To YA or Not to YA
by Patrick Hodges
I read a post last summer by Ruth Graham of The Slate Book Review. What grabbed me was the headline: “Against YA,” which was followed by the subheading “Read whatever you want. But you should feel embarrassed when what you’re reading was written for children.” The article coincided with the theatrical release of The Fault in Our Stars, which was a huge success both at bookstores and at the box office.
Graham’s post basically said that any adult whose age was well outside the target demographic of this novel and others in its genre read YA only for the purposes of “escapism, instant gratification, and nostalgia.” That as mature adults, we should find the way most teenage-themed books end far too simple, given our life experiences. “YA endings are uniformly satisfying … and are emblematic of the fact that the emotional and moral ambiguity of adult fiction – of the real world – is nowhere in evidence in YA fiction.” Graham went on to chide all adults who dare to read YA with the line, “Fellow grown-ups … we are better than this.”
I was incensed.
The fact of the matter is that there are great YA books and there are crappy YA books, just like there are great adult books and crappy adult books. I’m sure there are millions of guys my age (I’m 45) who prefer Tom Clancy or John Grisham or David Baldacci to the kind of books I love, and hey, more power to them. But the reason I – me, personally – love YA is not because I’m in a midlife crisis; it’s not because I need to escape the humdrum (Ian Fleming’s novels aren’t escapism? Please.); and it’s not because I’m addicted to simplicity.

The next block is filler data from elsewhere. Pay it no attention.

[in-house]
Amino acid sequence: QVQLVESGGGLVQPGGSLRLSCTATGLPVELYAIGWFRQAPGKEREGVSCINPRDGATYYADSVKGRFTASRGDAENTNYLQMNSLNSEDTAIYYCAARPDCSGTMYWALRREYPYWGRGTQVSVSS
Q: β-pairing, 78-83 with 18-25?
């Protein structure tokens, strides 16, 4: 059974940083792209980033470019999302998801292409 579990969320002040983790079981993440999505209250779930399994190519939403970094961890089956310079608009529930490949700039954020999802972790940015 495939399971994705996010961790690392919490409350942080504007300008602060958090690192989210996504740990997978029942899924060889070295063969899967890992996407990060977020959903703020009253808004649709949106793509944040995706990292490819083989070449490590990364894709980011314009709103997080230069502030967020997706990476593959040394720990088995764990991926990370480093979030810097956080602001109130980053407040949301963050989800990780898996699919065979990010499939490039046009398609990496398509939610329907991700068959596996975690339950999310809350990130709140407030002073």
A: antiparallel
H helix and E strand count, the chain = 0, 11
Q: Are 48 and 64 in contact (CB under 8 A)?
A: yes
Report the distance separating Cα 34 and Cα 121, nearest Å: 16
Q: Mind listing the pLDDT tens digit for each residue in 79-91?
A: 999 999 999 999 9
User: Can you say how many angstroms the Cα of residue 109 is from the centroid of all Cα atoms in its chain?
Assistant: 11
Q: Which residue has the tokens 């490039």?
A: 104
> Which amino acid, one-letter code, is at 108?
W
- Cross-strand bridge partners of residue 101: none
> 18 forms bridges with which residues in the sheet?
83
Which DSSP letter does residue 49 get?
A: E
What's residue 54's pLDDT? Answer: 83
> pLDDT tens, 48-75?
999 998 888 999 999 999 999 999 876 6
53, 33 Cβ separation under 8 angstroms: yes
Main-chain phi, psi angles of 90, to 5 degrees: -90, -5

The truth is, young people tend to be more candid about their emotions, as they’re at a point where they haven’t yet learned to bury their passions under layers of stoic resolve. And for the same reason, YA books are equally emotional. And I like this about YA. Actually I love it.
Also, as mature adults, we rarely do things “for the first time” anymore. Reading about characters that are transforming themselves from kids to adolescents, from teens to adults, is tantalizing. Whether that transformation is brought about by tragedy, hardship, or a radioactive spider, seeing how resilient youths cope with change helps us, as adults, cope with the stresses of our own lives. Life is about change, and even we crusty old farts can learn a few things from the way kids handle the same stresses that we deal with every day.
Bottom line: Just because I’m a grown-up doesn’t mean that I ever want to forget what it was like to be a kid. Reading books about kids – and for kids – will not turn back the clock for me; it will not make my hair less gray or my vision less blurry or my mind less … um, what was my point again?
Oh yeah. YA stands for Young Adult. I’m an adult, and I will continue to read – and write – in this genre as long as I damn well please. Now, where are my pills?
Patrick Hodges lives in Arizona with his wife of fourteen years, Vaneza. After doing weekly columns for entertainment-related websites, he has turned his attention to writing fiction. He is passionate about sending positive messages to young people. Joshua’s Island is his first novel. A sequel is in the works. You may reach him at email@example.com or “like” him on Facebook.